Raefield has work to do at Mace

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03/26/2009
Mace released their 2008 financials today. See for yourself. There's a lot there to wade through, so I'll give you some highlights (or lowlights, depends on your point of view): Security revenue has actually dropped each of the last three years. 20,788,000 - 2008 - 27.5 percent gross margin 22,278,000 - 2007 - 27.1 percent 23,366,000 - 2006 - 25 percent 24,909,000 - 2005 - 29 percent But you can see that they're headed back in the right direction on cost of sales and gross margin. Still, the overall numbers don't look good for the company yet. They took a net loss of more than $10 million on about $51 million in sales (though there's a $5 million goodwill charge in there that makes that look worse than it really is). While the company has lost about $6 million a year since 2004, and you could say this is right in line with that, there still aren't signs of Mace moving toward profitability, even with a new digital marketing arm that's bringing in more than $17 million. There are good signs, though. First, Mace has almost no debt, just over $6 million, which isn't much at all, especially in this economy. Second, the company still has more than $16 million in working capital, so there's cash on hand for operations and even possible small acquisitions, like that central station they've been talking about. Here's what they've got to say about the make-up of the security segment:
Our Security Segment designs, manufactures, markets and sells a wide range of products. The Company’s primary focus in the Security Segment is the sourcing and selection of electronic surveillance products and components that it produces and sells, primarily to installing dealers, system integrators, retailers and end users. Other products in our Security Segment include, but are not limited to, less-than-lethal Mace defense sprays, personal alarms, high-end digital and machine vision cameras and imaging components, as well as video conferencing equipment and security monitors. The main marketing channels for our products are industry shows and publications, outside sales representatives, catalogs, internet and sales through telephone orders. Revenues generated for the year ended December 31, 2008 for the Security Segment were comprised of approximately 35% from our professional electronic surveillance operation in Florida, 43% from our consumer direct electronic surveillance and machine vision camera and video conferencing equipment operation in Texas, and 22% from our personal defense and law enforcement aerosol operation in Vermont.
So, of that $20,788,000, roughly $7,275,800 is coming from the professional electronic security market and their dealer program. That's the number to watch going forward. In 2007 it was $7.8 million. In 2006 it was $9.1 million. Here's the explanation of the movement downward:
The decrease in revenues within the Security Segment in 2008 was due to several factors. The majority of the decrease in sales was from decreases in sales of our consumer direct electronic surveillance division, our professional electronic surveillance operation and our machine vision camera and video conferencing operation. Our Vermont personal defense operations sales remain consistent between years. The decrease in sales of our consumer direct electronic surveillance, machine vision camera and video conference equipment operations, and our professional electronic surveillance operation was due to several factors, including the impact on sales of increased competition and the impact of management’s completion of its consolidation of the Security Segment’s electronic surveillance equipment operations from Ft. Lauderdale, Florida to the Farmers Branch, Texas warehouse. The consumer direct electronic surveillance and professional electronic surveillance division had a decrease in sales due to a delay in introducing new product lines during 2008. In the latter part of 2008 sales also decreased due to a reduction in spending by certain of our customers impacted by the deteriorating economy.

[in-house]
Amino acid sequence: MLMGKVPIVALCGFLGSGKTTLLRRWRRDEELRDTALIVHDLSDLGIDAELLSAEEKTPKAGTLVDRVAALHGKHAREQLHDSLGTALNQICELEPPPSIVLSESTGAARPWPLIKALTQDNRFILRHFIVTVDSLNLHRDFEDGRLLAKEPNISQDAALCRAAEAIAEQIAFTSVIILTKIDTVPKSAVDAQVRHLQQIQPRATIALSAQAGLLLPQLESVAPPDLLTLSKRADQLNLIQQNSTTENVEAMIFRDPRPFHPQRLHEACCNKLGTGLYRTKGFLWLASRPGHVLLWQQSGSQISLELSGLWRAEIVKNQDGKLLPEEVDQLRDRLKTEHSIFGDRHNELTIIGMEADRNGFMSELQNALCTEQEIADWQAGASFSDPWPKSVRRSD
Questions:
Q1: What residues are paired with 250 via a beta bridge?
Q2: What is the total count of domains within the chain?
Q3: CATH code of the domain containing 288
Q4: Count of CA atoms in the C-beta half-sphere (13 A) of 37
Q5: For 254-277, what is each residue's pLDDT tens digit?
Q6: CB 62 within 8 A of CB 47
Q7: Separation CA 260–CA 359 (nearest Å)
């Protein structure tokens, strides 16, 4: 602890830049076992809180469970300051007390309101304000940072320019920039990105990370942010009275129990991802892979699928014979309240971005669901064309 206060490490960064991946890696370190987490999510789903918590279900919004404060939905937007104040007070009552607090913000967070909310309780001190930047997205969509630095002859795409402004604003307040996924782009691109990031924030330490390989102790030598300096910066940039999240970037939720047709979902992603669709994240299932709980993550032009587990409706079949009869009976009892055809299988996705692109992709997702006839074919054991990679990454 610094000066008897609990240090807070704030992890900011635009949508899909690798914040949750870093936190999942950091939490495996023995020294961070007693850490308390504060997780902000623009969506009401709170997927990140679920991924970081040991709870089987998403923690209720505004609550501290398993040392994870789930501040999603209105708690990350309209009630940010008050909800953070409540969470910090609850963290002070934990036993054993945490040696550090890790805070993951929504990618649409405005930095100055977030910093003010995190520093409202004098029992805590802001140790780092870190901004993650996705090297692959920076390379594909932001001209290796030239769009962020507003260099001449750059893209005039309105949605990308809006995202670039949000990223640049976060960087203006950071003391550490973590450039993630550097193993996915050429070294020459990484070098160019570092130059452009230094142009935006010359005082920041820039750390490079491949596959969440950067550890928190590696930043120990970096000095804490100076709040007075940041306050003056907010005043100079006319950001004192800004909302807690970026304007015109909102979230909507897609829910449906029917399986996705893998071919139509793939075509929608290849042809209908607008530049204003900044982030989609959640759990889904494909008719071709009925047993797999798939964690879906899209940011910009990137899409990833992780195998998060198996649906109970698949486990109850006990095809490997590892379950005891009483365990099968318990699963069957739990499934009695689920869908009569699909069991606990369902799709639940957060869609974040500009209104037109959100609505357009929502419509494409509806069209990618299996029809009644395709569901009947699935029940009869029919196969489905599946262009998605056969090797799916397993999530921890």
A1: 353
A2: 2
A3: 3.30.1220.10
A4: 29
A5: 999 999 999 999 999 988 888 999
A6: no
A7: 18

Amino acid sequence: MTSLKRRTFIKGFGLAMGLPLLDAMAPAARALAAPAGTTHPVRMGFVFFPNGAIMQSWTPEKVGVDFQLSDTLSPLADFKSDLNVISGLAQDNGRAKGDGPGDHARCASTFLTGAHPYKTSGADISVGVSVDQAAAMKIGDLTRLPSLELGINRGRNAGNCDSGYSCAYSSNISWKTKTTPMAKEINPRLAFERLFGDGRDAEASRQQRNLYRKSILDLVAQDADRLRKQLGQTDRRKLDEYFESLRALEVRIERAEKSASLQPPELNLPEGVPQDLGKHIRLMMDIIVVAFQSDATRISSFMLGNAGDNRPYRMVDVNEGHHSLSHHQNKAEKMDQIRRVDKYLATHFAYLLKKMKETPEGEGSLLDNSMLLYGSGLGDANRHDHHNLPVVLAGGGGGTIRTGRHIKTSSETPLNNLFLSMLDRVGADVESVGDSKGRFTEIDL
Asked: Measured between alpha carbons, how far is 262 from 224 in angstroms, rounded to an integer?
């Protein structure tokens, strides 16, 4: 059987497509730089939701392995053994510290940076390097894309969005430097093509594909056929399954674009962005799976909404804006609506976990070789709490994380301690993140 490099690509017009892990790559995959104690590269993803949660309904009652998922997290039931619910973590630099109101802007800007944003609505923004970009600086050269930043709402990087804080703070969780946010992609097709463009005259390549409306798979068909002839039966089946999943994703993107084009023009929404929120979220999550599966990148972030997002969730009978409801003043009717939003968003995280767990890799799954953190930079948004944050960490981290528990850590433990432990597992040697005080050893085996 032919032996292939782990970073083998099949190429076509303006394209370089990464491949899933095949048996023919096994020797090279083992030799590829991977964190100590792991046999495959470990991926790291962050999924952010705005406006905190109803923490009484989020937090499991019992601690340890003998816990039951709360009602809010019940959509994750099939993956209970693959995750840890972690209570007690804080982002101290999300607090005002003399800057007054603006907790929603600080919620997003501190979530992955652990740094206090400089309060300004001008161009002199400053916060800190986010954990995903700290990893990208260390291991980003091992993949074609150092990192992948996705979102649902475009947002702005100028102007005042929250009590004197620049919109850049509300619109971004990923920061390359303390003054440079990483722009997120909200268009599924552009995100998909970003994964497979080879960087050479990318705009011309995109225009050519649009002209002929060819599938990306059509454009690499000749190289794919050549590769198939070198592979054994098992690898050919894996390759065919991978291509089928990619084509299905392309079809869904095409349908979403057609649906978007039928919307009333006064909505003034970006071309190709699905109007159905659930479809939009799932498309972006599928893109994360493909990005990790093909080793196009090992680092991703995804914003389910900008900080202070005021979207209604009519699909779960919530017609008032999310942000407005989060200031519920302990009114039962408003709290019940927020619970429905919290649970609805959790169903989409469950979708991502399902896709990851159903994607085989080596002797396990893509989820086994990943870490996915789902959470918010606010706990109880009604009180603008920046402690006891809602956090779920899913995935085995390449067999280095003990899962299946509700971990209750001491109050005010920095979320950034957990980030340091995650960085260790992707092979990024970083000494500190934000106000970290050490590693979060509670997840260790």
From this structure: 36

I think 2009 will be a real bellwether for Mace. They've got the management in place, they've got a plan, and people are going to expect returns in 2009. They've yet to really be able to leverage their brand. We'll see if they can do that this year.

Comments

Full disclosure: I sell truckloads of Mace product, they have an excellent working partnership with my company (which I will identify here as Big & Huge Electronics Corp), and it is in my best interest to see them do well.

That said, I think that Mace should be fine. While other manufacturers are trashing their analog businesses and adding bells and whistles, Mace is concentrating on two areas: usability and reliabilty. Simplifying the DVRs until anyone- even end users- can use them, and improving their QC, will in the long run pay off much more than adding another megapixel to your IP camera line.

My customers love the heck out of the Mace DVRs, because they are incredibly simple to use. Name another DVR manufacturer with an interface that takes about 2 minutes to learn. Mace makes a good product, they are being agressive with their marketing and pricing, and I think they will survive the financiapocolypse.